“The evidence will show that he reported what he knew up the chain of command,” to Mr. Spanier and to the nonprofit’s director, said Caroline Roberto, Mr. Curley’s lawyer.

The questions of who knew which details when and what their responsibility was to report those specifics to law enforcement will be pivotal as the case heads to trial.

Both Mr. Spanier and Mr. Paterno were made aware of the 2002 incident in which a graduate student said he saw Mr. Sandusky sexually assaulting a 10-year-old boy in a locker room shower.

The assistant, now identified as Mike McQuery, told Mr. Paterno, who in turn told Mr. Curley that the former coach was seen “fondling or doing something of a sexual nature to a young boy,” according to the grand jury presentment.

After the assistant related the incident to Mr. Curley and Mr. Schultz, the athletic director later told Mr. Spanier about their decision to not allow Mr. Sandusky to bring children to the school.

Ms. Kelly described Mr. Paterno as being “cooperative” with prosecutors. He is not viewed as a target, she said.

“We believe that under the statute he had a responsibility to report it to school administrators, and he did that,” she said.

Under state’s Child Protective Services Law, certain medical officials, school administrators, clergy, child-care workers and others are required to report anything that creates a suspicion of child abuse.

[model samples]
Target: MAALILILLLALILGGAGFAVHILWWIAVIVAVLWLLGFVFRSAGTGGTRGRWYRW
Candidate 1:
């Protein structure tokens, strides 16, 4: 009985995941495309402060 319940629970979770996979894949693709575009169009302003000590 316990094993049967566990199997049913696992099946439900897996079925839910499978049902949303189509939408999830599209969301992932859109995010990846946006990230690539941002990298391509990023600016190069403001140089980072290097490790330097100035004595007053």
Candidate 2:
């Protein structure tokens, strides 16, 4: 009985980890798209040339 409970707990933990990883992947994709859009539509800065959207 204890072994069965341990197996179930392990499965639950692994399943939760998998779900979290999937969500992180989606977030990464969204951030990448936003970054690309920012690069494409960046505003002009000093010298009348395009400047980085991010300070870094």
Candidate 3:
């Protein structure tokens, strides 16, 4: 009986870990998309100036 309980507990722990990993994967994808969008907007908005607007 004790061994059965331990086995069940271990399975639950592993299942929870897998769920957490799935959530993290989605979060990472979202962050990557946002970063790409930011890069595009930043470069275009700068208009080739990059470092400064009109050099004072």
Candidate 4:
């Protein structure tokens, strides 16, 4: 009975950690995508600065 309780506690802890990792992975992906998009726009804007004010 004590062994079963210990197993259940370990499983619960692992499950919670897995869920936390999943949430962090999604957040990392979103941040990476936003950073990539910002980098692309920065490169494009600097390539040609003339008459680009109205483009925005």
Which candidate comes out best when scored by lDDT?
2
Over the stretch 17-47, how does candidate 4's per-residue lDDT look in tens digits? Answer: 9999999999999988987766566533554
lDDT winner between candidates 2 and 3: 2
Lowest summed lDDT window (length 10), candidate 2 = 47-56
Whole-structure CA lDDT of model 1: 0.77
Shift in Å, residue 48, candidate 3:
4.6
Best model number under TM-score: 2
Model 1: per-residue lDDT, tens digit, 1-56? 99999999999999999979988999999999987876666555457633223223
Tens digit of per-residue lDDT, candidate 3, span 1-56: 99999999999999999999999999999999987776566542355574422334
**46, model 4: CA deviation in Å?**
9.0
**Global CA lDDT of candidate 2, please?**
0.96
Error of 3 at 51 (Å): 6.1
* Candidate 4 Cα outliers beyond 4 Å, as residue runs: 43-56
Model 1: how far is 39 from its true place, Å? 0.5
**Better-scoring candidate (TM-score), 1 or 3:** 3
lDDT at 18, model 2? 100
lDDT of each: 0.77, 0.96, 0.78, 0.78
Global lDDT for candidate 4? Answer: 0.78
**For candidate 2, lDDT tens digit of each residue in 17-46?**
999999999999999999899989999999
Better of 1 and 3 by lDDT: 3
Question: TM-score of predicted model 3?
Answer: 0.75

Those figures are required to report details to the person in charge at their institution, who is then responsible to call state welfare officials.

Pennsylvania Attorney General Linda Kelly, at podium, discusses the case against ex-Penn State defensive coordinator Jerry Sandusky. She said head coach Joe Paterno, a member of the College Football Hall of Fame, is being cooperative and is not seen as a target. Pennsylvania Attorney General Linda Kelly, at podium, discusses the case against ex-Penn State defensive coordinator Jerry Sandusky. She said head coach Joe Paterno, a member of the College Football Hall of Fame, is being cooperative and is not seen as a target.
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But Mr. Noonan spoke more sharply about the burden on the legendary coach and others familiar with the incidents to inform police. He angrily noted that a 1998 investigation led to an admission by Mr. Sandusky that he had acted inappropriately, but that no further action was taken.

“I don’t think I’ve ever been associated with a case with this type of eyewitness identification of sex acts taking place where the police weren’t called,” said Mr. Noonan, later adding that all citizens have a “moral responsibility” to act.

Others, including a victim advocate, echoed that view of a broader responsibility.